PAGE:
Data from various sources indicate that Nigeria is one of the countries that suffer high death rates from various heart diseases. Professor Kamilu Musa Karaye, the professor of Medicine and Consultant Cardiologist who teaches and conducts research at the Bayero University Kano, and the Aminu Kano Teaching Hospital, revealed that Kano state has one of the highest rates of death from heart diseases. Such diseases are widely prevalent in Northern Nigeria. So obviously cardiacatheterizationon laboratories are urgently needed to assist cardiologists in diagnosing and treating the large number of patients before it is too late.

The two-Cath Lab status of Nigeria is surprising because the first very complicated open heart surgery was conducted in 1974, evidence of the availability of competent Cardiologists and associated personnel to make it a routine activity. It is astonishing that none of the 22 public University Teaching Hospitals, 20 Federal Medical Centres and 17 Specialist Hospitals in the country has acatheterisationn laboratory. Although the Aminu Kano Teaching Hospital, which serves a huge population and one or two more of the federal Teaching Hospitals are working hard to have one each, as of now that is just an aspiration.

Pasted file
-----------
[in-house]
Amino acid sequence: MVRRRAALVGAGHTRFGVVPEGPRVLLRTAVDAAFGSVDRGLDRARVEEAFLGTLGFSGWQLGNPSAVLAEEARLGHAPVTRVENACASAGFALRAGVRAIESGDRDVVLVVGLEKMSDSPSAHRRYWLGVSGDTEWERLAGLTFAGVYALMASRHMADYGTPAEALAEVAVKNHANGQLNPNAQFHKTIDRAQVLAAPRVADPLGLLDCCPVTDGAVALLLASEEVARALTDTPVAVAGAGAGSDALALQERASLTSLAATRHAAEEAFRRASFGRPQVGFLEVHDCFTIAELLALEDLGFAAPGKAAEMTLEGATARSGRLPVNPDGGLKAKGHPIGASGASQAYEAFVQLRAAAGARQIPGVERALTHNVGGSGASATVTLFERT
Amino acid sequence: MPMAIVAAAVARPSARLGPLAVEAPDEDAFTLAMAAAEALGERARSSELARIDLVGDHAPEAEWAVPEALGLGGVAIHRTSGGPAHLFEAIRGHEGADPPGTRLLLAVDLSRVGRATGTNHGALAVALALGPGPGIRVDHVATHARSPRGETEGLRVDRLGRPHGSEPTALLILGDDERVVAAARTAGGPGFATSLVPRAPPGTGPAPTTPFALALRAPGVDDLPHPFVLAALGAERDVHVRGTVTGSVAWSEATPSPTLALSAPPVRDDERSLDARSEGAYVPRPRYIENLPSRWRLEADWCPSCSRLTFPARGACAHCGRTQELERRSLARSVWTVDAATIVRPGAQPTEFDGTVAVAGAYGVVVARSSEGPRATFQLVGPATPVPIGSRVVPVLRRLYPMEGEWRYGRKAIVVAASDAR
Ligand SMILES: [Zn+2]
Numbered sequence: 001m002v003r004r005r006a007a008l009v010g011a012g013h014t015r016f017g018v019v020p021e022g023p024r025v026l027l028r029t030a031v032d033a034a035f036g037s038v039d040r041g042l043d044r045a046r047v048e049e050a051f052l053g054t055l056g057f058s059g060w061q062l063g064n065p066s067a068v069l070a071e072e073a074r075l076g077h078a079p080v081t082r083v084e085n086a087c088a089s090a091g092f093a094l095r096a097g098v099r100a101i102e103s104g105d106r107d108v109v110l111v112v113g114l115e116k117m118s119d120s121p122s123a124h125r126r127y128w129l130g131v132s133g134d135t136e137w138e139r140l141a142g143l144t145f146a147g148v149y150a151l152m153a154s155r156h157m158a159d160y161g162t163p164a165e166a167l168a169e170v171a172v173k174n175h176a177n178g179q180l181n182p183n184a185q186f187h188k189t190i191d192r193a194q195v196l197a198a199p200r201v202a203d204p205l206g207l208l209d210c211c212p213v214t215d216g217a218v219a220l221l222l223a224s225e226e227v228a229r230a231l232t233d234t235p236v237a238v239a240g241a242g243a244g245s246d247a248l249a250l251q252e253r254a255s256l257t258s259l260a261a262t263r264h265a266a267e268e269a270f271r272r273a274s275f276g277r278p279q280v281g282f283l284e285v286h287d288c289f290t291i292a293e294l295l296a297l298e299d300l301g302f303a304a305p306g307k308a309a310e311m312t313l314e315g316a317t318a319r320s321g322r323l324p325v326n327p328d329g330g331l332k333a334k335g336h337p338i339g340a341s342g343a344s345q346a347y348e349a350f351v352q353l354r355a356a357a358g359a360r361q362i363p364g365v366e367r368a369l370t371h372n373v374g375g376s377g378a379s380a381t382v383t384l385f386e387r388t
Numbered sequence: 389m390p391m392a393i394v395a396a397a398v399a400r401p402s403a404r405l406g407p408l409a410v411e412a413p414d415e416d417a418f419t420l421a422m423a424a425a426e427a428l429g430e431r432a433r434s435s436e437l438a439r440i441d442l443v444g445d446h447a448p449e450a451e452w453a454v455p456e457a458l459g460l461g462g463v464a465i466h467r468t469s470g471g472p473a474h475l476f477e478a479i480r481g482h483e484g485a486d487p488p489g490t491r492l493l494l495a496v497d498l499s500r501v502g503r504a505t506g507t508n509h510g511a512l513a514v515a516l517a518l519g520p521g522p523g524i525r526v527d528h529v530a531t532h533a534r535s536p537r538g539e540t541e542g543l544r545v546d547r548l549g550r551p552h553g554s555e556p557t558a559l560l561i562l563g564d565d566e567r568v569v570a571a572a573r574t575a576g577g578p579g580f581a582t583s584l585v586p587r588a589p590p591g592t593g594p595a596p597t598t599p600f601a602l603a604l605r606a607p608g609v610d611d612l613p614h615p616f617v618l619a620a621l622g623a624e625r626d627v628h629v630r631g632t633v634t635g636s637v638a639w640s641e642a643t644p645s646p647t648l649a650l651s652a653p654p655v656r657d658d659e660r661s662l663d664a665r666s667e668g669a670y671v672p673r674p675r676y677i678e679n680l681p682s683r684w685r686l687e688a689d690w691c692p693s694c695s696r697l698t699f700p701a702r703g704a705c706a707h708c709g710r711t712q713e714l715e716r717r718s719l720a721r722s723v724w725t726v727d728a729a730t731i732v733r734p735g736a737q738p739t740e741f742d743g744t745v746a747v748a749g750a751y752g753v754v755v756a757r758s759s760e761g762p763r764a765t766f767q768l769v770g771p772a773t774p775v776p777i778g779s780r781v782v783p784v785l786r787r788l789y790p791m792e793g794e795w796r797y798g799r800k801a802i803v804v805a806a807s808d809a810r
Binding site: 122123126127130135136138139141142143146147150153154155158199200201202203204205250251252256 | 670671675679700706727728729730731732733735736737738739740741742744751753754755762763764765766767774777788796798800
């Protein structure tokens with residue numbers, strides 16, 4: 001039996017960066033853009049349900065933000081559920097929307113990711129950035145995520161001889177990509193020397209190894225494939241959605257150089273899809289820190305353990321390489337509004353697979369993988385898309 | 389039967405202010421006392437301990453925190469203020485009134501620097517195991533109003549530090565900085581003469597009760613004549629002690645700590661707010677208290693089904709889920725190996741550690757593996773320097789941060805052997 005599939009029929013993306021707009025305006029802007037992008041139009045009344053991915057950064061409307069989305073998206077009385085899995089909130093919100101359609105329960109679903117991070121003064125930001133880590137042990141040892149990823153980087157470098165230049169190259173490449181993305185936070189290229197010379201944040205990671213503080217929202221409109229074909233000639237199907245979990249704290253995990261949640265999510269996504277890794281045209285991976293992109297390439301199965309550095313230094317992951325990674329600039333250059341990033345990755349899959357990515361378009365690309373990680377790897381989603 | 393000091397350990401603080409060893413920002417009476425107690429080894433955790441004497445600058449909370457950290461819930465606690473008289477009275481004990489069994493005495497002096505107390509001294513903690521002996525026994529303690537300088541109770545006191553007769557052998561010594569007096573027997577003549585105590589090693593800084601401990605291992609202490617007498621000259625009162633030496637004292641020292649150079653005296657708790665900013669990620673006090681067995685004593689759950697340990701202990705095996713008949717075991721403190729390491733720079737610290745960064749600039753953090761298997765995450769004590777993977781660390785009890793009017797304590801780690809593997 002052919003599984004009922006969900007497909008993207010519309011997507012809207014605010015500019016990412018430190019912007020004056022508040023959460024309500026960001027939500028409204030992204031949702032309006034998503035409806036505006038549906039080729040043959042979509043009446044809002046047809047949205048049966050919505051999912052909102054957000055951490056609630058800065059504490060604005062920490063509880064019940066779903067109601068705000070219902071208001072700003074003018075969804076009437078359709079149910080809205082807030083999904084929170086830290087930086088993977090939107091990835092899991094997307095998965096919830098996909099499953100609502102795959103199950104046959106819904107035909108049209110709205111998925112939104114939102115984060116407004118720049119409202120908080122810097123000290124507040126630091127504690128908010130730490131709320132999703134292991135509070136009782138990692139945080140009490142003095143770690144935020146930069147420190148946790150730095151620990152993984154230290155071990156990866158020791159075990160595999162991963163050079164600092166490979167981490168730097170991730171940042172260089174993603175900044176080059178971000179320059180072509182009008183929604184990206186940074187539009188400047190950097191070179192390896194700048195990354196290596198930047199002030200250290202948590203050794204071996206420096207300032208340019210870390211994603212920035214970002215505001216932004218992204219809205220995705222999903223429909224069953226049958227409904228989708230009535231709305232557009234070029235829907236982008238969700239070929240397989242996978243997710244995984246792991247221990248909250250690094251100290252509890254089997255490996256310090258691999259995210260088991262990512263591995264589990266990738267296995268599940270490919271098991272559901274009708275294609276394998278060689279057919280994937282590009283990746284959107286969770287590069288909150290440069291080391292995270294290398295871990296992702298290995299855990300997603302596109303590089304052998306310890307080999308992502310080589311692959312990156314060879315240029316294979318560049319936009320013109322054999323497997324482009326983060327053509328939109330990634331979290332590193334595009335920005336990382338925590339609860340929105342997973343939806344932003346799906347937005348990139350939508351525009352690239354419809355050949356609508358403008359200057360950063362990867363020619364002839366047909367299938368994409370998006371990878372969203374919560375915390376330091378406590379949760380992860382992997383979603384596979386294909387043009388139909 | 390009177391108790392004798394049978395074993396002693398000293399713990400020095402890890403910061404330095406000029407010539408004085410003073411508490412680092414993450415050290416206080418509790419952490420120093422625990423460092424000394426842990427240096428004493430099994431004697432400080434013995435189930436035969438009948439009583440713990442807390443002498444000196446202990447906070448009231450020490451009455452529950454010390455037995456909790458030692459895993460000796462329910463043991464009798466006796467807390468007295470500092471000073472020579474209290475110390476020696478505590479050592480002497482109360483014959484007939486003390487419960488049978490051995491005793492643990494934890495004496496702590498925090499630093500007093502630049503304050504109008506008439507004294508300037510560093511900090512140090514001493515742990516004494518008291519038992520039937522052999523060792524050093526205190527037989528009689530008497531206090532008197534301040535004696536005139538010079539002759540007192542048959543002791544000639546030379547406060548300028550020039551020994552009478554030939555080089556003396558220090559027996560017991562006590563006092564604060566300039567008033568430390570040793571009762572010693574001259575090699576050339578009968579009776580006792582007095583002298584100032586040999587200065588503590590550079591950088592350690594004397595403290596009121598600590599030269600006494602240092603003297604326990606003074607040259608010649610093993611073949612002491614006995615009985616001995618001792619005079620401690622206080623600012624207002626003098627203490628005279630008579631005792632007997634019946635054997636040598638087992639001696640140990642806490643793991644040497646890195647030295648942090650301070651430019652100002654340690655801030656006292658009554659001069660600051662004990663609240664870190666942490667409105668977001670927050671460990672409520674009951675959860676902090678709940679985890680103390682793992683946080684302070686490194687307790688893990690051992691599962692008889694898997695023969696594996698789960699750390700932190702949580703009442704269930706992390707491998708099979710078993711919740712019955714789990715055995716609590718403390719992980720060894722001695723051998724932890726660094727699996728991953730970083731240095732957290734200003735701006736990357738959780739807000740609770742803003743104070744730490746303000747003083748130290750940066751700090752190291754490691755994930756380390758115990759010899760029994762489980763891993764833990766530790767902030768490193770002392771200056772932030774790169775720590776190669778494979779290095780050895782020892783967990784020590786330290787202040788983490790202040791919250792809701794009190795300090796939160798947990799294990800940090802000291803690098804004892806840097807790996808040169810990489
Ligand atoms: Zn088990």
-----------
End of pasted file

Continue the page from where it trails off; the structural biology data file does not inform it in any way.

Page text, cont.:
Surprisingly, the price for Cath Lab starts from $200,000 for the most basic with few tools to $3-$6 million for the most advanced version that has sophisticated tools. The Federal Government and some philanthropists can procure Cath Labs for some of the Teaching Hospitals and Federal Medical Centres in the country. Health-care businesses can also invest in Catheterization Laboratories. Doing so will help cardiologists in doing their job faster and with greater accuracy, thereby saving precious lives. It will also contribute in minimizing foreign medical tourism.